Bruce Gregory’s 1963 Chevrolet Stingray Coupe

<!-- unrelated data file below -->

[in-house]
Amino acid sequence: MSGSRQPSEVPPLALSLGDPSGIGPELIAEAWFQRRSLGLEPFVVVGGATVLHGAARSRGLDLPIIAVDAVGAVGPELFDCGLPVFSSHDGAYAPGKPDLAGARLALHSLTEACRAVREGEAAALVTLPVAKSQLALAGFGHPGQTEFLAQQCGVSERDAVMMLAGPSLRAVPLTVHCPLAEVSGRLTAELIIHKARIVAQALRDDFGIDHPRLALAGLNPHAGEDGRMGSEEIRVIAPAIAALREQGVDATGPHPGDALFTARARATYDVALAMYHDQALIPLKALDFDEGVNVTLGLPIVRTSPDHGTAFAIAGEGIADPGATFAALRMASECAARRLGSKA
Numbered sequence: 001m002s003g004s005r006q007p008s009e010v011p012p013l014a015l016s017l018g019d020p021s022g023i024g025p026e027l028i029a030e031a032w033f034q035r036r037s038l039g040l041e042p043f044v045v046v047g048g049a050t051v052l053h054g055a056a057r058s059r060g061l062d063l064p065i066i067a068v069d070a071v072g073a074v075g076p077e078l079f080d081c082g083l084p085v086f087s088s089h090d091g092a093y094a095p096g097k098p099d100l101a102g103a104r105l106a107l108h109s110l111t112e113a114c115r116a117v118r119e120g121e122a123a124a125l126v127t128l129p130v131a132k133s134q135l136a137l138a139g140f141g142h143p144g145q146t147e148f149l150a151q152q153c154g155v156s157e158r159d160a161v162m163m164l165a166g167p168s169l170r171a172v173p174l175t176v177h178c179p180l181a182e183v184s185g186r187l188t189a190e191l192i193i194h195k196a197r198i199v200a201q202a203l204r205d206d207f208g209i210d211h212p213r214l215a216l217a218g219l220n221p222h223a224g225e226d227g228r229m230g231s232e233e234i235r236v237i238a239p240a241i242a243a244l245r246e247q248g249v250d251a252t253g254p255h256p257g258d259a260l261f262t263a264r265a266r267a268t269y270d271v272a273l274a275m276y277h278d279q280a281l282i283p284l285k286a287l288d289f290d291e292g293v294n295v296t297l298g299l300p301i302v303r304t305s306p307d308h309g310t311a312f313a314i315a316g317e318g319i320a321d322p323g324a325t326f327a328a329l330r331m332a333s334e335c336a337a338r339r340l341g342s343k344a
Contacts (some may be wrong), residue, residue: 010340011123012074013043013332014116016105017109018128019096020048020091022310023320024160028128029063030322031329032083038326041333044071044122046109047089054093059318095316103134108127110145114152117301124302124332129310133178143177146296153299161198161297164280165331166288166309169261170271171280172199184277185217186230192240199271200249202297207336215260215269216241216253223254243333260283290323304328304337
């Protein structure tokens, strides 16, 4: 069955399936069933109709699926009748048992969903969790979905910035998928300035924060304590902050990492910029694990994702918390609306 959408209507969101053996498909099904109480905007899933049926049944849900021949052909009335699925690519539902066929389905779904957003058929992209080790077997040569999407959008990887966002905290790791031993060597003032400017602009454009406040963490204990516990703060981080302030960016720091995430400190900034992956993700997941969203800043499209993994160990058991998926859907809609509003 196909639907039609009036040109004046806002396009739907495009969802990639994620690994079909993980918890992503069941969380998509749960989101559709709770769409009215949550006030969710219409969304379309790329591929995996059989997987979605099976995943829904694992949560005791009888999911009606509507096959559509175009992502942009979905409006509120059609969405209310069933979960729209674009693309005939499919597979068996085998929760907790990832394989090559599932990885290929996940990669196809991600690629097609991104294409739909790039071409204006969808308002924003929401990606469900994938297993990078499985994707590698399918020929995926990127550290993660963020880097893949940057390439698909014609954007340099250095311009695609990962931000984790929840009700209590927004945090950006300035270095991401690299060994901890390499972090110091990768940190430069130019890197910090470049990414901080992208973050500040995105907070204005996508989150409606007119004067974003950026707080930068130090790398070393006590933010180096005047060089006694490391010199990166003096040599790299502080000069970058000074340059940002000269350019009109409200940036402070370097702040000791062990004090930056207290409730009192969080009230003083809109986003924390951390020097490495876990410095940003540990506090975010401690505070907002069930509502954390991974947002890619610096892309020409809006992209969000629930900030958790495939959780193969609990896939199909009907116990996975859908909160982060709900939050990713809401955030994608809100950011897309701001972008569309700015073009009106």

Click Here to Begin Slideshow The 1963 Corvette Stingray was a harbinger of the ways things were going to be.   The C2 Corvettes shared a basic body shape: a sharp horizontal edge ringing the body about midway with peaks and dips like NASDAQ daily ratings. The coupes added a gradually descending roofline that met the flat rear deck in a boattail-like point. But only the ’63 coupe possessed the re-defining coup de grace: the raised knife’s edge that runs from just behind the windshield header over the centre of the roof and down the isthmus of bodywork that bisects the rear glass. This Stingray is, as Daniel Pund for Road & Track put it in 2021: “Like the best of mid-century designs, at once soothingly familiar and bracingly radical.” Aside from its dramatic restyling from its predecessors, the ’63 Corvette will always be remembered, and sought by serious collectors, for its decision to have a highly contentious split back window as penned by the press. Aesthetically pleasing in its streamline addition, but pragmatically questionable, hampering the driver’s rearview visibility. “It’s a very special car, only made for one year,” says car owner, Bruce Gregory emphatically. “One of the most beautiful cars ever made, and a fantastic enthusiast community with so much information available on the car and the history. The ’63 split window design was always an icon for me, even when I was a kid. My brother had a Tonka car transporter that came with a couple of model split windows, even then, I was enthralled with the radical shape of the car.” Prior to the debut of the ’63 model, Corvette was in dire shape, financially submerging due to the penetrating competition from Ford’s Thunderbird causing General Motors to consider an early retirement of its sports car. If it weren’t for the inspiration and determination of three men: Bill Mitchell (GM’s Chief of Styling), Zora Arkus-Duntov (GM’s Director of High Performance Vehicles), and Larry Shinoda (GM’s Special Styling Projects’ designer for Studio X), the ’63 Corvette would never have developed further than a blueprint, if that. Arkus-Duntov, known as the “father of the Corvette,” stepped in at the last moment to save the Corvette and to recast it as Chevrolet’s saving grace. He incorporated novel design ideas, evolving the Corvette from a gutless two-seater into a world-class sports car. He introduced stiffer frames, independent rear suspension and disc brakes. Power and performance climbed thanks to fuel injection, multiple carburetors, large V8s, and tougher four-speed transmissions. The second-generation Corvettes he masterminded not only sold well, they earned GM profits that has        remained consistent for 60 years. Years later, Ed Cole, head the GM Car and Truck Group noted, “Zora managed to bootleg more things through Chevrolet than any other engineer I’ve ever known.”  The famous “split” window for the new Corvette almost never came to be. Bill Mitchell’s design department created the unique window for the 1963 model year. It was immediately despised by Arkus-Duntov because of its impaired rear visibility and prodigious aerodynamic lift. Mitchell argued that removing the split-window spine would destroy the purity of the whole design. Arkus-Duntov prevailed and got rid of the glass partition after only one model year but never fully resolved the midyear (1963–67) Stingray’s poor aero performance. Arguably, the split window was never adapted again. Nevertheless, Shinoda’s futuristic design was, in one word, stunning. Everything from its muscular bulges to its doors that curved into the roof was endorsed by the press, who drooled over the design at its launch at the Detroit Auto Show. Just the name alone, Stingray, an axiom deliberately given to Corvette’s conceptual race car because of its resemblance to the actual marine sting ray, stuck and further defined the Corvette. It caused a sensation. Sales catapulted through the roof. Even Chevrolet’s St. Louis factory had to add a second shift to keep up with the public demand. It was hailed unanimously for its superior handling, road adhesion, and unrelenting horsepower. Car Life magazine presented its annual Award for Engineering Excellence to Corvette that year. Not only was the new C2 viewed as prodigiously better than its predecessor, but it was considered Mt. Everest in comparison to many of Europe’s best sports cars. “For the last five years, we’ve been bombarded with rumours of an ‘all-new’ Corvette that was supposed to be just around the corner,” wrote Roger Huntington in Motor Trend’s January 1963 issue. “It was going to feature just about everything that was new and exciting in modern sports car design. We waited anxiously.” From an automotive journalist’s perspective, the waiting ended when Chevrolet unveiled its startling Stingray coupe for the press at GM’s Milford Proving Grounds. Rave reviews quickly followed. “This is the one we’ve been waiting for,” gushed Huntington. “And it’s all the rumours promised - and more. This is a modern sports car. In most ways it’s as advanced as the latest dual-purpose sports/luxury cars from Europe - and this includes the new Jaguar XK-E, Ferrari GT, Mercedes 300-SL, and all the rest. The new Corvette doesn’t have to take a back seat to any of them, in looks, performance, handling, ride and comfort.” Although considerable ink would flow in praise of the 1963 Stingray, perhaps its arrival was best summed up by Zora Duntov himself after the car’s introduction to the press. Duntov beamed like a new father. “For the first time, I now have a Corvette I can be proud to drive in Europe.” I ask Bruce what he feels when he sits  behind the wheel. “My first thought is…” He ponders before continuing, “How bizarrely proportioned were people in the early 60s? This car doesn’t fit anybody! Of course, then I start it and it is visceral. This is a car you feel and listen to and pay real attention to while driving it. I kicked in the secondaries in third gear getting on Highway 417, and at about 100 km/h the rear tires leaped to the occasion. Just pure raw fun. It grips corners like an Olympic luge.” This car needs no introduction to the tarmac whether it is a straightaway, a meandering country road or a race circuit where its DNA originated. Most distressing for Bruce was that his Stingray was advertised as a numbers-matching car. “The car was an older restoration when I bought it in 2001,” states Bruce. “It turned out to be a complete joke once I got the car and learned a ton about C2 Corvettes. I have to admit, with it clocked over 100,000 miles, I didn’t pay top flight prices for the car, but still, I was shocked that a reputable dealer would pull this off, and worse, blow me off after the purchase when I asked about it. All I know about the car was that it was built in St. Louis. In hindsight, I really cut my restoration/modification teeth on it. I made mistakes, fortunately none of them permanent, but I learned a ton.” Bruce has restored a stable of cars that looks like a Rolodex of classics, including a ’69 Pontiac Firebird, a ’69 Jaguar E-Type, a ’69 Dodge Dart, a ’70 Plymouth Roadrunner, a ’76 Porsche 935 500 hp Twin Turbo, a ’90 Mustang LX 5.0, a ’90 Nissan 240 SX, a ’95 Ferrari F355 Berlinetta, a ’96 Camaro SS, a ’02 Porsche 911 Twin Turbo and a ’02 factory built racing Porsche 911 GT3, as well as a ’02 BMW M3 track built model. The scariest car he drove was his ’03 Superformance 500 hp Cobra with 515 lb/ft of torque. His ’04 Porsche 911 GT3 paled in comparison. With the ’63 Corvette, Bruce left the body on the frame while the entire car was taken apart. Every addition was a recipe for speed. Bruce added new suspension aimed to keep the integrity of the original design but with more adjustability. “With the new rear suspension it’s super solid, and it has seemingly endless power, but is very progressive and easy to drive. It’s perhaps a little stiff, and definitely too loud, but anyone can drive this car as long as they don’t stomp the accelerator too hard. Before I changed the rear suspension out, well, it was not fun – the rear end had incredible bump steer as there were crazy directional changes over every bump. I put hours into aligning the rear suspension, but in the end I swapped it out from something more modern.” He converted to ’67 four wheel disc brakes, aluminum rad accompanied by an electric fan, and to put Tabasco sauce in its zip, a GM ZZ4 350 crate motor. Bruce bought the car with a 327 V8 with a 4-speed Muncie. The 350 is married to a Tremec 5-speed transmission for a more controllable ride. And if you’re going to move like a racing car, Sparco racing seats are mandatory. Hooker side pipes and American Racing 200S wheels were added to make sure everyone is aware that this car is at home on and off a race circuit. But that wasn’t enough. Bruce later upgraded to Wilwood four-wheel disc brakes and a dual master cylinder. He added Ridetech coil over the rear suspension, changed the 200S wheels to American Racing Torque Thrust II wheels, replaced the Sparco seats to Kirkey to complement his long lanky frame, and a GPS speedometer. “My only concern was that Fibreglass is hard to work with. It can crack so easily. I haven’t touched the body - it’s a little worn now, but when you have a real diamond, why replace it with custom jewellery? The car is still spectacular. I rewired most of the car and that was a big job,” confesses Bruce who did all the work himself and it’s still an ongoing process. “I didn’t repaint the car since I love the Daytona Blue that the previous owner did. Originally it was tan which is about as pretty as dung on hot pavement, so I’m happy it was repainted.” I ask Bruce if there is a difference between Corvette owners and other car owners. “Ooh, that’s a can of worms. There are always three classes of classic car owners,” Bruce muses. “People like me who love them but want to improve them; people who love them and want to keep them completely original; and fanatics who demand that everyone keep them original and no one has the right to modify even a hose clamp. I don’t really enjoy the company of that last group, and yes, I’m being a little facetious about them, but some folks can get pretty riled up. There is a strong sense of community across all generations of Vette owners – we all wave at each other, love to get together and just talk cars. I’m not sure Vette owners are different as much as classic/muscle/hot rod car owners are different from cars as transportation owners.” Speaking of owners, the late author, P.J. O’Rourke wrote in Driving Like Crazy, “Americans are big people from a big country. We like our elbow room so well that we carry it around with us. We can’t stand to be squished together as if we were sitting in the backseat of a Nissan Micra or living in England. And in our big country, we’re in a big hurry. When we drive an immense Lincoln Navigator, Cadillac Escalade, GMC Yukon XL, Ford Expedition EL, or a Dodge Durango - all having names that imply leviathans and are the size of the U.S. deficit, we get to where we’re going sooner, or at least the front part of our car does, though it may be a long walk to the bumper.” But I would prefer to drive a classic Corvette over a SUV any day. I mean why has Corvette been so successful over the past 60 years? It didn’t become a sedan or a SUV or a minivan. It stayed true to the original concept. It didn’t give in to social pressures and became a 4-door sedan. This is why Corvette is a success story, a flagship for Chevrolet, and an American icon. Click Here to Begin Slideshow